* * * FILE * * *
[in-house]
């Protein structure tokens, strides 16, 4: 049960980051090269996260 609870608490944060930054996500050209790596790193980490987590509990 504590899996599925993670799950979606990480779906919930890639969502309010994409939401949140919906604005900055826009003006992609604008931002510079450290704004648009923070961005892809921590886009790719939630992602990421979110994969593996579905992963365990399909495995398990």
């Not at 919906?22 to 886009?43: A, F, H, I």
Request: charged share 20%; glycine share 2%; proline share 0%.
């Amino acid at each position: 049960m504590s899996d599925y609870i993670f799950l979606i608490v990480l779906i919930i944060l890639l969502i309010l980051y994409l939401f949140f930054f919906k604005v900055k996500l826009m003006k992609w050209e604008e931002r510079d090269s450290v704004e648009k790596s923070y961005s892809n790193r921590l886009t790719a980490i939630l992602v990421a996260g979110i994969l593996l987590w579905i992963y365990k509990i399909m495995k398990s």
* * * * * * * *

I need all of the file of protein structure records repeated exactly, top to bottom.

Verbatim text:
[in-house]
């Protein structure tokens, strides 16, 4: 049960980051090269996260 609870608490944060930054996500050209790596790193980490987590509990 504590899996599925993670799950979606990480779906919930890639969502309010994409939401949140919906604005900055826009003006992609604008931002510079450290704004648009923070961005892809921590886009790719939630992602990421979110994969593996579905992963365990399909495995398990």
């Not at 919906?22 to 886009?43: A, F, H, I």
Request: charged share 20%; glycine share 2%; proline share 0%.
């Amino acid at each position: 049960m504590s899996d599925y609870i993670f799950l979606i608490v990480l779906i919930i944060l890639l969502i309010l980051y994409l939401f949140f930054f919906k604005v900055k996500l826009m003006k992609w050209e604008e931002r510079d090269s450290v704004e648009k790596s923070y961005s892809n790193r921590l886009t790719a980490i939630l992602v990421a996260g979110i994969l593996l987590w579905i992963y365990k509990i399909m495995k398990s």